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Re: Extracting code into a subroutine

by grizzley (Chaplain)
on Oct 31, 2012 at 09:59 UTC ( #1001633=note: print w/replies, xml ) Need Help??


in reply to Extracting code into a subroutine

First write differences down. Then design subroutine arguments. Then desing subroutine. What are the differences?
  • List of field indexes.
  • grep regexp (NETPACKET, NETERROR)
  • grep regexp (Network, Busy, Memory)
  • what to do with arguments?
  • others?
Then subroutine arguments:
sub yoursub { my ($rangearrayref, $firstre, $secondre, $subref) = @_; ... } yoursub([2..7], 'NETPACKET', 'Network', \&transformNetpacketSub);
or hash style:
sub yoursub { my %args = @_; my ($rangearrayref, $firstre, $secondre, $subref) = ($args{-range}, +$args{-firstre}, $args{-secondre}, $args{-transformsub}); ... } yoursub(-range => [2..7], -firstre=>'NETPACKET', -secondre=>'Network', + ->transformsub=>\&transformNetpacketSub);
And then the only problem is to write proper transformNetpacketSub. I would do it like this:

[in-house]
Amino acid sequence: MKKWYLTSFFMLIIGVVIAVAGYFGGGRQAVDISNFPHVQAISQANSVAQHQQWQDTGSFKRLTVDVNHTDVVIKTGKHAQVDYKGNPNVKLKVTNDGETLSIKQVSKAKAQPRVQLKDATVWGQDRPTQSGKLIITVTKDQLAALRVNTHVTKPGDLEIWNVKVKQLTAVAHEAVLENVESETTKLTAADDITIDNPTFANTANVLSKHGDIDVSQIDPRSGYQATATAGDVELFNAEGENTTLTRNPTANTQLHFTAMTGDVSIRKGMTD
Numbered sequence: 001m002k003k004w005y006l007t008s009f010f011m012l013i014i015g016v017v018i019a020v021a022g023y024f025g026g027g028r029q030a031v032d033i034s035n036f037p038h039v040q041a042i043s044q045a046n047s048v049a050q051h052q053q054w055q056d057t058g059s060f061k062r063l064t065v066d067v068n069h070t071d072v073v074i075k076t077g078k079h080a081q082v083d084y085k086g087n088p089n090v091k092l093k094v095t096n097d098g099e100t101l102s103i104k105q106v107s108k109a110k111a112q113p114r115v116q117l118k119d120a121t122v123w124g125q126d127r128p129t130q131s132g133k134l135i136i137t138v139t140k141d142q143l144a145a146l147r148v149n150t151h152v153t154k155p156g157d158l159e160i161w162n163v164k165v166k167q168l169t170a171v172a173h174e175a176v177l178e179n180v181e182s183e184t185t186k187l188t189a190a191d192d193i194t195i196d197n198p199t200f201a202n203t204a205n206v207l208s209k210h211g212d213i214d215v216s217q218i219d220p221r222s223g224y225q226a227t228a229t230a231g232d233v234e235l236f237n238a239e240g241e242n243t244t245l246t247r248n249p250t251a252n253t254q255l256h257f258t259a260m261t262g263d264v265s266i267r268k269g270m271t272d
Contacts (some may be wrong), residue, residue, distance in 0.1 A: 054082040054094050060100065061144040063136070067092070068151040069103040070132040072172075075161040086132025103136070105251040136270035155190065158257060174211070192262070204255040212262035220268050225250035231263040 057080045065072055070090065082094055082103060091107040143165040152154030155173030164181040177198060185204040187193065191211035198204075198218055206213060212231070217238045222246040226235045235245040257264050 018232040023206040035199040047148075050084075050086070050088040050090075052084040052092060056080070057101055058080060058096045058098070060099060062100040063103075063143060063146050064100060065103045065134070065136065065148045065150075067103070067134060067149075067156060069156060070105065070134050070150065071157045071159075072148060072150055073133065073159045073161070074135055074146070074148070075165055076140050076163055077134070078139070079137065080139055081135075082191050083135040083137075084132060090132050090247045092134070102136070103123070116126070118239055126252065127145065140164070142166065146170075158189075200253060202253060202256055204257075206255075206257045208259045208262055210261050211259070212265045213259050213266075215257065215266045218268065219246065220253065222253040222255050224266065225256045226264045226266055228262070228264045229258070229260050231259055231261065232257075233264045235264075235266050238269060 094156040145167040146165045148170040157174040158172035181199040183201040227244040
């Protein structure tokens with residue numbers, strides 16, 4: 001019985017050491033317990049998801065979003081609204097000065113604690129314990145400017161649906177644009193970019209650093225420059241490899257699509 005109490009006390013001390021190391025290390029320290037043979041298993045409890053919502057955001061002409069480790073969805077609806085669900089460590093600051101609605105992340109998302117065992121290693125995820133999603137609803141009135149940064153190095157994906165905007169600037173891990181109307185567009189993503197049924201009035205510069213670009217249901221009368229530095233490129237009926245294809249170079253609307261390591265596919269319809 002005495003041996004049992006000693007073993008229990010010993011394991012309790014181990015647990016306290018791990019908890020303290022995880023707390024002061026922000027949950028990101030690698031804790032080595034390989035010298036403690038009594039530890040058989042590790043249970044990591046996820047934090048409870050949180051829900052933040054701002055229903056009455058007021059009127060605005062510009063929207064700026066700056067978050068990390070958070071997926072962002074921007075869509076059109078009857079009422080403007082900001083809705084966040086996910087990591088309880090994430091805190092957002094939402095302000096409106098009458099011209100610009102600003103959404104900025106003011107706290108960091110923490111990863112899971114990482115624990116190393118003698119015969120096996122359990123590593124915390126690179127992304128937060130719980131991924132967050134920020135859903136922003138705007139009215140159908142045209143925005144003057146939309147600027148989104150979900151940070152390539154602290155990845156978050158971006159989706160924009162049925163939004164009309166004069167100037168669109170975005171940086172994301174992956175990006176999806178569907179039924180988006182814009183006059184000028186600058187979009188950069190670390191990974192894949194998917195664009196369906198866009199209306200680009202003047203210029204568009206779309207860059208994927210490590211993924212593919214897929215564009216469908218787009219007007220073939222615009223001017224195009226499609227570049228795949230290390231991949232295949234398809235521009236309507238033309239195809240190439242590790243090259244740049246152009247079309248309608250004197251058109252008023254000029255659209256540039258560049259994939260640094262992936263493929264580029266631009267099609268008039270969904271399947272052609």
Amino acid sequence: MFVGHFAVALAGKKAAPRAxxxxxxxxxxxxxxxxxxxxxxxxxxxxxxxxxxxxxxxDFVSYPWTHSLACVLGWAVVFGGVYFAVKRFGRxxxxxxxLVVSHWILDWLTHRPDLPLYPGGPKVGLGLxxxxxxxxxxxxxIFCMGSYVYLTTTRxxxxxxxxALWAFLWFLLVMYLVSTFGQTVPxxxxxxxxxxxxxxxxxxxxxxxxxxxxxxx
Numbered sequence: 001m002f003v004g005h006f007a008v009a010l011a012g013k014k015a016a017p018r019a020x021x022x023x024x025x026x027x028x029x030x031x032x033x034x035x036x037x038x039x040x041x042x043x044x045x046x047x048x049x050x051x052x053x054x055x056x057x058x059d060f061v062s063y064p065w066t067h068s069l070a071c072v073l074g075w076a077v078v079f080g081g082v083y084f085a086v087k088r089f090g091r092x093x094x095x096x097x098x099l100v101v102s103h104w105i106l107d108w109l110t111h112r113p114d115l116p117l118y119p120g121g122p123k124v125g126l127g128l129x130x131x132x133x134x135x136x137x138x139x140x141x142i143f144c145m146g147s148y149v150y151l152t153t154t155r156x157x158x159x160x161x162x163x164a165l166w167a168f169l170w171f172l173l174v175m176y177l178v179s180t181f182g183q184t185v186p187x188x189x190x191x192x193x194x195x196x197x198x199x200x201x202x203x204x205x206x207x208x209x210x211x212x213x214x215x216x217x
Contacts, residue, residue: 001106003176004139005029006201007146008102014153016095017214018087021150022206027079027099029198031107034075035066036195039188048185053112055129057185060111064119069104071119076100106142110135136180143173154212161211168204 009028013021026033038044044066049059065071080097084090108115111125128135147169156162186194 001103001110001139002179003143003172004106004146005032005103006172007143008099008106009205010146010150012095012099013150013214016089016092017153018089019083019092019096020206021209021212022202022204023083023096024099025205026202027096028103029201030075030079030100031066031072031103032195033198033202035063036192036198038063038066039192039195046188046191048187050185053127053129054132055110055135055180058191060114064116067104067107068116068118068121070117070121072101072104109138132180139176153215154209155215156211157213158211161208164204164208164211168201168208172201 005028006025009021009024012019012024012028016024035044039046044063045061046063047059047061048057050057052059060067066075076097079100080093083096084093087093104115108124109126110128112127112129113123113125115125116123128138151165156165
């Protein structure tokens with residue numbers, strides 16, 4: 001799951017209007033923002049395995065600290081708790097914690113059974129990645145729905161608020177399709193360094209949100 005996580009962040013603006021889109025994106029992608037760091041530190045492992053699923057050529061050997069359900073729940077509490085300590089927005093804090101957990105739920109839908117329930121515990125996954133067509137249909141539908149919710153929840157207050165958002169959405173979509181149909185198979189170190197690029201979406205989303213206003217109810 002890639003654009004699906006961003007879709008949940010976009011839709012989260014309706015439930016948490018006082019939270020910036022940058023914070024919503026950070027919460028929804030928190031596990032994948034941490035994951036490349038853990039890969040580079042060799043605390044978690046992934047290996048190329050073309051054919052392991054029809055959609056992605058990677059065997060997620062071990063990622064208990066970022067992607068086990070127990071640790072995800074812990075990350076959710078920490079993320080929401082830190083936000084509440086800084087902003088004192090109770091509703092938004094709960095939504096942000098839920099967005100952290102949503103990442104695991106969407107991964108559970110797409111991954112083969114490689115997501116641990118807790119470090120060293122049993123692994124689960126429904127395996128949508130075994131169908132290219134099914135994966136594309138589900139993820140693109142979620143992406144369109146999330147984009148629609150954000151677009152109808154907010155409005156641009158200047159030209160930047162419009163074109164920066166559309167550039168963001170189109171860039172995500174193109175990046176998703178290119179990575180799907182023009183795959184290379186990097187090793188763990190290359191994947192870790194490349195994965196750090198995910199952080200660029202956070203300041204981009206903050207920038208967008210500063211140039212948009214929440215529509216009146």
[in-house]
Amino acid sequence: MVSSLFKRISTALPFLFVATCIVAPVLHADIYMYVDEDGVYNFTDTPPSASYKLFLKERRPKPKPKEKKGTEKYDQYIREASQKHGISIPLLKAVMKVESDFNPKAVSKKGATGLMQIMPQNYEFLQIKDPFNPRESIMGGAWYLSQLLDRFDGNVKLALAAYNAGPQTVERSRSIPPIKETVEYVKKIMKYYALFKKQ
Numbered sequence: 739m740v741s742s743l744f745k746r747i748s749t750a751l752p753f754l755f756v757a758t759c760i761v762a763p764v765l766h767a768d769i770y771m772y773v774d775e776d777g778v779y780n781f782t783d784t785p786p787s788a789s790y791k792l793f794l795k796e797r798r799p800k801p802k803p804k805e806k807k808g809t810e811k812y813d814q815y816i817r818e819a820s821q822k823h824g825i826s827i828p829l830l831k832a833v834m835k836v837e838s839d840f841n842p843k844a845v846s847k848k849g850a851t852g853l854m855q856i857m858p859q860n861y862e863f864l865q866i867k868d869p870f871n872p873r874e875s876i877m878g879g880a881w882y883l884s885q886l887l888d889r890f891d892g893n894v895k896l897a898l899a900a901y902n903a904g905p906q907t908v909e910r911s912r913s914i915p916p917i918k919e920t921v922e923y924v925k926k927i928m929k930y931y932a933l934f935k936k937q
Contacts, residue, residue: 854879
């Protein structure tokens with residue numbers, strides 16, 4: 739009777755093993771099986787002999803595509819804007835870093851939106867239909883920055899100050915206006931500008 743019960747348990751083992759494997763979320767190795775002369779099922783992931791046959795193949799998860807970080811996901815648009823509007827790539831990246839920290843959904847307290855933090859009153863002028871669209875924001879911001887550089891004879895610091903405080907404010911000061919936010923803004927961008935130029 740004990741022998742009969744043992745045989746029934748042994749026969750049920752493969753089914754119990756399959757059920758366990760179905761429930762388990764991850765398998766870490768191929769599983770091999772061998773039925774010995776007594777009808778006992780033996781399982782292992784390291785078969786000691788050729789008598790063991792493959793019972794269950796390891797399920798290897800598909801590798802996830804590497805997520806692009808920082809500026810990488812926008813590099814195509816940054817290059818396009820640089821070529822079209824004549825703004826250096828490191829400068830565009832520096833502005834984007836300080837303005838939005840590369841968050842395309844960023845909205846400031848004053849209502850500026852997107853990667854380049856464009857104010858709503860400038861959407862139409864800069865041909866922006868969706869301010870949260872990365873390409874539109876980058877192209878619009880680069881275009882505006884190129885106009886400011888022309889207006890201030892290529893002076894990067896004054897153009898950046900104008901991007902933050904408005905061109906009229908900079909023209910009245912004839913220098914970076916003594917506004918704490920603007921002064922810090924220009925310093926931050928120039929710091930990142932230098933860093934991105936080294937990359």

sub transformNetpacketSub { my $str = shift; # do anything with string return $str; }

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Re^2: Extracting code into a subroutine
by cunningrat (Novice) on Oct 31, 2012 at 13:27 UTC
    Thanks to all who responded. It definitely gave me some ideas on how to proceed, which was all I needed.

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[1nickt]: The best way is to scope it tightly so it just goes away when you are finished with it.
[perldigious]: but... but... perldigious is the unvirtuous kind of lazy in this case. :-)
[perldigious]: Just kidding. Thanks 1nickt, I'll go ahead and do it the right way. An extra set of brackets and a little extra indentation isn't too much to ask.
[karlgoethebier]: perldigious: perhaps a block if you are paranoid ;-)
[choroba]: but undef %hash and %hash = () both work, too, but the first one keeps the memory allocated, while the latter makes it available for other parts of the program.
[choroba]: iirc

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